Last year, 14 of the world’s 15 most polluted cities were in India. A photo of smog on New Year day in Delhi this year.
The Centre has launched a programme to reduce particulate matter (PM) pollution by 20-30% in at least 102 cities by 2024.
The National Clean Air Programme (NCAP), which was formally unveiled on Thursday, is envisaged as a scheme to provide the States and the Centre with a framework to combat air pollution. “This is our war against pollution across the length and breadth of the country,” said A.K. Jain, a senior official in the Union Environment Ministry.
Pointing out that curbing PM pollution would be a long-term process, officials said the Rs. 300-crore programme will bring pollution concerns to the heart of a State’s development plans. “The NCAP will be a mid-term, five-year action plan with 2019 as the first year. This is not a pan-India, but a city-specific programme,” said C.K. Mishra, Secretary, Union Environment Ministry, at a press conference. After five years, there will be a review of the progress.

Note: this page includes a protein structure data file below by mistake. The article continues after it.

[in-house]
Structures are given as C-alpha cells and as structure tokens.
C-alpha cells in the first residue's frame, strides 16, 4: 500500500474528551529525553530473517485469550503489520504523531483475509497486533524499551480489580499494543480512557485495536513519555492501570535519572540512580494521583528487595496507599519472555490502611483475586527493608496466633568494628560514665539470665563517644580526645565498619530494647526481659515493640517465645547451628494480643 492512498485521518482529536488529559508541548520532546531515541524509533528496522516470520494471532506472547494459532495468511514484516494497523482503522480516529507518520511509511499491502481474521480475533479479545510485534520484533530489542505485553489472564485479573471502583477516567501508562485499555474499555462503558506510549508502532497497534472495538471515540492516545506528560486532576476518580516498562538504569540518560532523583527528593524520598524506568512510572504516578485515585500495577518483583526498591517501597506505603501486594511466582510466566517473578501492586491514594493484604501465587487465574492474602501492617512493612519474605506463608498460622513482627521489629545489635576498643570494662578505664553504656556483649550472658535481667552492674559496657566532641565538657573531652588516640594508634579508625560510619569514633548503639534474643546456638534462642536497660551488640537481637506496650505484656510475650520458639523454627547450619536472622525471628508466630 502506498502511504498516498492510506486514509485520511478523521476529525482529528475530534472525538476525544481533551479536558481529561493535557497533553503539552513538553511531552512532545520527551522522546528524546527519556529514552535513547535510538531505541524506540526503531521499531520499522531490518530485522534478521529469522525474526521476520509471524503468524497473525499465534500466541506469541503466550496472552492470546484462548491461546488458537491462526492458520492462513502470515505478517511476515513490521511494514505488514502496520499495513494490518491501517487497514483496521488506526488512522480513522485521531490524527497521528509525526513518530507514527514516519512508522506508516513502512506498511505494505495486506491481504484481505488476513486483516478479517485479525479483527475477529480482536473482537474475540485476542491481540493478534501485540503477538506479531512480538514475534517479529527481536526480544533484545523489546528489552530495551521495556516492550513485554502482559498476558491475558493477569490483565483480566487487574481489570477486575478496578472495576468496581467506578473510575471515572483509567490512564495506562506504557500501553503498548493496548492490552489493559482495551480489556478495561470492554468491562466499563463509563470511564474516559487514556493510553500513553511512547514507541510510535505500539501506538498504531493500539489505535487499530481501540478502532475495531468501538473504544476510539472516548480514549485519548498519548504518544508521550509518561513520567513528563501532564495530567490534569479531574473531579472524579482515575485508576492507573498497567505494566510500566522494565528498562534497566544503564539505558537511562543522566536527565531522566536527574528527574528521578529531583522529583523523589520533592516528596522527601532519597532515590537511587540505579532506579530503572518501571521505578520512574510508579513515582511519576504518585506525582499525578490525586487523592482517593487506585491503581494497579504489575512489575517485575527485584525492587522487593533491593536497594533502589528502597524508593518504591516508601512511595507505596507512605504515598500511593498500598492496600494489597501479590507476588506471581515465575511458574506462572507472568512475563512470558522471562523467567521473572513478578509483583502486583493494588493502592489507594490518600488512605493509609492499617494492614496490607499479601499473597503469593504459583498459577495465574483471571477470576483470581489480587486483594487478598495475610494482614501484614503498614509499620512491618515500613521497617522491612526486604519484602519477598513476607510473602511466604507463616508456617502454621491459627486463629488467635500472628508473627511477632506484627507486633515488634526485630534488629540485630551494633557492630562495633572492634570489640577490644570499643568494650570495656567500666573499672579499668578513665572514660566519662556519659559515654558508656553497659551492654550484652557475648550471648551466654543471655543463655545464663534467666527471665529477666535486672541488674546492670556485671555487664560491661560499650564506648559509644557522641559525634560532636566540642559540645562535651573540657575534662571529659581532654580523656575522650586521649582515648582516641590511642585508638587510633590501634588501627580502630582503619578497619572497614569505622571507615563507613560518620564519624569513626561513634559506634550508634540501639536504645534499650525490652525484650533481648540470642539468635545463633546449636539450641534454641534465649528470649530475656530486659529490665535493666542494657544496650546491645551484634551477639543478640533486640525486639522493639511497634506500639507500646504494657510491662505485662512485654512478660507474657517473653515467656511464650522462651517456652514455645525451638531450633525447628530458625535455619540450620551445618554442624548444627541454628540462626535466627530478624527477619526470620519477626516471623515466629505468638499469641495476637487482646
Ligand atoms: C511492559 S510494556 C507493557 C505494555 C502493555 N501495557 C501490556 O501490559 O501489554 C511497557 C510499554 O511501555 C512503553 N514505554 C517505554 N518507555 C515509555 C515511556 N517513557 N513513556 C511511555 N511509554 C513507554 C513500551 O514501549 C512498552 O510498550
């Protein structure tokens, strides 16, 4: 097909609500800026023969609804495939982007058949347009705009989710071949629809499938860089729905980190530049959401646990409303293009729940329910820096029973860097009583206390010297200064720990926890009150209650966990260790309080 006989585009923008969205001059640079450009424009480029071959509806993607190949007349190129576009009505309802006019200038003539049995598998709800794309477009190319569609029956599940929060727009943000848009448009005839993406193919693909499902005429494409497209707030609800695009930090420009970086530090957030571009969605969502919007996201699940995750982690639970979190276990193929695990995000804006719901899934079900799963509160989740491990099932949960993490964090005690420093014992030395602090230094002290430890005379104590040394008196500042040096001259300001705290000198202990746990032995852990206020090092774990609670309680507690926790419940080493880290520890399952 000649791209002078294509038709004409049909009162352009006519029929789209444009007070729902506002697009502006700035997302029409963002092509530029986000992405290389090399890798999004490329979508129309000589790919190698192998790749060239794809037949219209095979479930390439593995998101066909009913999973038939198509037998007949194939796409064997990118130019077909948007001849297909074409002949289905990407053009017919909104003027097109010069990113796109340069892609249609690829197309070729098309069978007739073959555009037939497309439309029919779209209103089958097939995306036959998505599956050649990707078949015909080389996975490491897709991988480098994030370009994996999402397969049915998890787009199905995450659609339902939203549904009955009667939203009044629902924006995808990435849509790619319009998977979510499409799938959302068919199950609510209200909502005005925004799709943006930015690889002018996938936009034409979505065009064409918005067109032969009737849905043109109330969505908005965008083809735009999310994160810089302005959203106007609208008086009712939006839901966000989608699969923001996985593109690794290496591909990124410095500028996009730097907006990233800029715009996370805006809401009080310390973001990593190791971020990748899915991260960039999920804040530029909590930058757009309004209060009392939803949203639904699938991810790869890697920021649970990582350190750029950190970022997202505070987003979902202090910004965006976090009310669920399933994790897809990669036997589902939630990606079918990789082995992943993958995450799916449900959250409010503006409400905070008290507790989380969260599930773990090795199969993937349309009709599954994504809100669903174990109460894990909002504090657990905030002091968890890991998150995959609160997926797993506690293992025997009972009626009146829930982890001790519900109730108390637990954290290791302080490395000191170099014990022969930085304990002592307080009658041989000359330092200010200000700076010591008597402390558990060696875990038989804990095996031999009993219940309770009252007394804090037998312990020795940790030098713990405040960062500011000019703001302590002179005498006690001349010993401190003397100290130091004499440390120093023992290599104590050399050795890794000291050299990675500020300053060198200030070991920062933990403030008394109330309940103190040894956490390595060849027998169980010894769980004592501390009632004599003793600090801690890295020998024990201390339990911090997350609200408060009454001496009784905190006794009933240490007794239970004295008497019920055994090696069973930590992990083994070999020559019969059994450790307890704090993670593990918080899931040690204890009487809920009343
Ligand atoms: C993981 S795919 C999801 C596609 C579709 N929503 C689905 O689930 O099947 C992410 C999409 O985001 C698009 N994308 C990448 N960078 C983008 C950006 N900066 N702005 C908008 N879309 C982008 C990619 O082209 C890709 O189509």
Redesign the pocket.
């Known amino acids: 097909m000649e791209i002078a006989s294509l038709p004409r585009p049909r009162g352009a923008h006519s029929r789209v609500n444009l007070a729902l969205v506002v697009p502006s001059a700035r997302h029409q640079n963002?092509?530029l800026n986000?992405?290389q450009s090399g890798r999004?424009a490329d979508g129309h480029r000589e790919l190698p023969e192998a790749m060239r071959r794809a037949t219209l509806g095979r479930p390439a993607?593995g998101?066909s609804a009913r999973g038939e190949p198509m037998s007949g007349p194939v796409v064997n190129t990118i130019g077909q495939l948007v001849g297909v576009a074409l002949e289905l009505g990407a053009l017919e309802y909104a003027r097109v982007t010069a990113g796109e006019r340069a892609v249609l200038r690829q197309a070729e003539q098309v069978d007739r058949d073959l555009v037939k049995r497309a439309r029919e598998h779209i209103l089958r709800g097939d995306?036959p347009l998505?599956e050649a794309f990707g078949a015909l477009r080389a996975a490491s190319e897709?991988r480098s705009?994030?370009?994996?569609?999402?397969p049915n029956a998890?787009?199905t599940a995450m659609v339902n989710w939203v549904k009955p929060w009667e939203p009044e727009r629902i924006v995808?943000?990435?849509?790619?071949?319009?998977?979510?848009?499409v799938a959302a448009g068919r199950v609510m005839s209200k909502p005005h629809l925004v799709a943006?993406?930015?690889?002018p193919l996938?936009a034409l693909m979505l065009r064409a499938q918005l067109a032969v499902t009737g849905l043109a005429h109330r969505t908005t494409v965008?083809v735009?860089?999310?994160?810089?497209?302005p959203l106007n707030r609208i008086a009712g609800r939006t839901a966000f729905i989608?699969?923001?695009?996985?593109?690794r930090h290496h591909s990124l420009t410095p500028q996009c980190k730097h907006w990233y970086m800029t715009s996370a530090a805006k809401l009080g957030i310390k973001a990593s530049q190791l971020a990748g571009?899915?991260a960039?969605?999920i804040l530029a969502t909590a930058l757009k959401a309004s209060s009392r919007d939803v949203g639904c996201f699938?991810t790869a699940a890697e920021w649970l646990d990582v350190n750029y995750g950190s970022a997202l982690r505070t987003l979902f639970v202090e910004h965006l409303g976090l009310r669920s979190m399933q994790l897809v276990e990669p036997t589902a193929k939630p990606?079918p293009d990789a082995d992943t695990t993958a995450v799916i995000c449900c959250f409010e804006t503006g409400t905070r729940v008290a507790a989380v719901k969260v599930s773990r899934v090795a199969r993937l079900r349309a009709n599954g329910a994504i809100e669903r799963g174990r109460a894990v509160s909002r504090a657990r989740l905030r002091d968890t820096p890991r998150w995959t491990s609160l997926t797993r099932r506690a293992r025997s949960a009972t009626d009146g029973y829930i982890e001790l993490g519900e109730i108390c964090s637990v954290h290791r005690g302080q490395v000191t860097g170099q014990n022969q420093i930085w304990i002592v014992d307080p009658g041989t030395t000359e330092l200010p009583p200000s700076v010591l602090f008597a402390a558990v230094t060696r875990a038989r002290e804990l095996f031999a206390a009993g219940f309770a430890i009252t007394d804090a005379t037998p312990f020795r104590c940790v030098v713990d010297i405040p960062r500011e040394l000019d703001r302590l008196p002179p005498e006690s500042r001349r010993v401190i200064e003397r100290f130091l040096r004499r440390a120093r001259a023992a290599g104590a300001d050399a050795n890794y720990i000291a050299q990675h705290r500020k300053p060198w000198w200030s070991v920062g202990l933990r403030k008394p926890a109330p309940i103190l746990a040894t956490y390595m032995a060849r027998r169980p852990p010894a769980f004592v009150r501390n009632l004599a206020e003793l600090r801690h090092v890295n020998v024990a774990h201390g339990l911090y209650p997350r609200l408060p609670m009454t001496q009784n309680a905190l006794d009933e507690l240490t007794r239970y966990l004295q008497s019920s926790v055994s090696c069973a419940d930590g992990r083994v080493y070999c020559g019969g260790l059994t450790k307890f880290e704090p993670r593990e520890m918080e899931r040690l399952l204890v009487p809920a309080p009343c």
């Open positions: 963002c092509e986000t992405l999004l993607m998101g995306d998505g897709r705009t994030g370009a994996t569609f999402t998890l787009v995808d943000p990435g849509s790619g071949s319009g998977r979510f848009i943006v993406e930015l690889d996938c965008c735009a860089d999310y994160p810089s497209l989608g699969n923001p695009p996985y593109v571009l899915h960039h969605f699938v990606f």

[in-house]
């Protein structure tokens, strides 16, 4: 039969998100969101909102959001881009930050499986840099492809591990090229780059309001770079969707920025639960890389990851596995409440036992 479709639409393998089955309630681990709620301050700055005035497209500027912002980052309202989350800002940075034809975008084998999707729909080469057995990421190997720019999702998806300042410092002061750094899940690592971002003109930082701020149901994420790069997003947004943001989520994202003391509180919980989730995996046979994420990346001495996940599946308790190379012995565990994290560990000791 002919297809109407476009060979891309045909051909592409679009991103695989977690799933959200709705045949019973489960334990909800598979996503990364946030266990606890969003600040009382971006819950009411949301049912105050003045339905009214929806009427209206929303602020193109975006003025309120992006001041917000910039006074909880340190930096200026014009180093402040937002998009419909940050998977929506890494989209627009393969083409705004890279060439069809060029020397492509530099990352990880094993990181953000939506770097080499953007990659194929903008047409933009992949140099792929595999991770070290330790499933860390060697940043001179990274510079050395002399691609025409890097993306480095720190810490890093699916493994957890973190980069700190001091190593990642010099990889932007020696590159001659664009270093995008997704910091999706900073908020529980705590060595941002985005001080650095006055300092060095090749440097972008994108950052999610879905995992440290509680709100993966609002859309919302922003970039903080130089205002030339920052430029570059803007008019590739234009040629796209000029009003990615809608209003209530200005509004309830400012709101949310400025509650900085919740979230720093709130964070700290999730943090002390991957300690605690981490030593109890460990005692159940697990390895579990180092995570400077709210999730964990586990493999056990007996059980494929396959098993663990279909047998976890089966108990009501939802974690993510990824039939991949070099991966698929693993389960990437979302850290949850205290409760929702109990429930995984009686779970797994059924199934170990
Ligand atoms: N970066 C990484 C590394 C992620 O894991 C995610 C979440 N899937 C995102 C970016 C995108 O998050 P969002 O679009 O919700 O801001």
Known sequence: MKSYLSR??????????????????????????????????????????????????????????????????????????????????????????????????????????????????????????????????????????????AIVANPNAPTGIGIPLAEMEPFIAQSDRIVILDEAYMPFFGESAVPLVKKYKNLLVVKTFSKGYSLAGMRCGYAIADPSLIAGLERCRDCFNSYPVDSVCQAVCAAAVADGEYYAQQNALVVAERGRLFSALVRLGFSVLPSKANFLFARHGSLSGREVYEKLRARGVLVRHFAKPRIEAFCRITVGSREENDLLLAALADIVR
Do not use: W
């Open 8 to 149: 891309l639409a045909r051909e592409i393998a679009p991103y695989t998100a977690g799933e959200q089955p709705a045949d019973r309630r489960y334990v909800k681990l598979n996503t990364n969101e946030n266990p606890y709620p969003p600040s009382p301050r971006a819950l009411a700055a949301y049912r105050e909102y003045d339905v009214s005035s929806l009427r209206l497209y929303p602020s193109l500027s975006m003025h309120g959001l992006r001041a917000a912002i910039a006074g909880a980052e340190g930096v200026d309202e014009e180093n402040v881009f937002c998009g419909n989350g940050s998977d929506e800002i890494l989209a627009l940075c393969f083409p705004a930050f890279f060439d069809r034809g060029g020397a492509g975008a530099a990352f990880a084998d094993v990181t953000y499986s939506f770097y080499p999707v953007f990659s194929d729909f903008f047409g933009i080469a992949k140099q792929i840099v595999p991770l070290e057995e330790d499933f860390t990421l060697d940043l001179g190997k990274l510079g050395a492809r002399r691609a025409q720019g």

In the past year, the 102 cities, identified as hotspots of pollution, were asked to submit a plan for how they would address the problem. Broadly, the plans include increasing the number of monitoring stations, providing technology support, conducting source apportionment studies, and strengthening enforcement. For achieving the NCAP targets, the cities will have to calculate the reduction in pollution keeping 2017’s average annual PM levels as the base year.
The World Health Organisation’s database on air pollution over the years has listed Tier I and Tier II Indian cities as some of the most polluted places in the world. In 2018, 14 of the world’s 15 most polluted cities were in India. A study in the journal Lancet ranked India as No.1 on premature mortality and deaths from air pollution.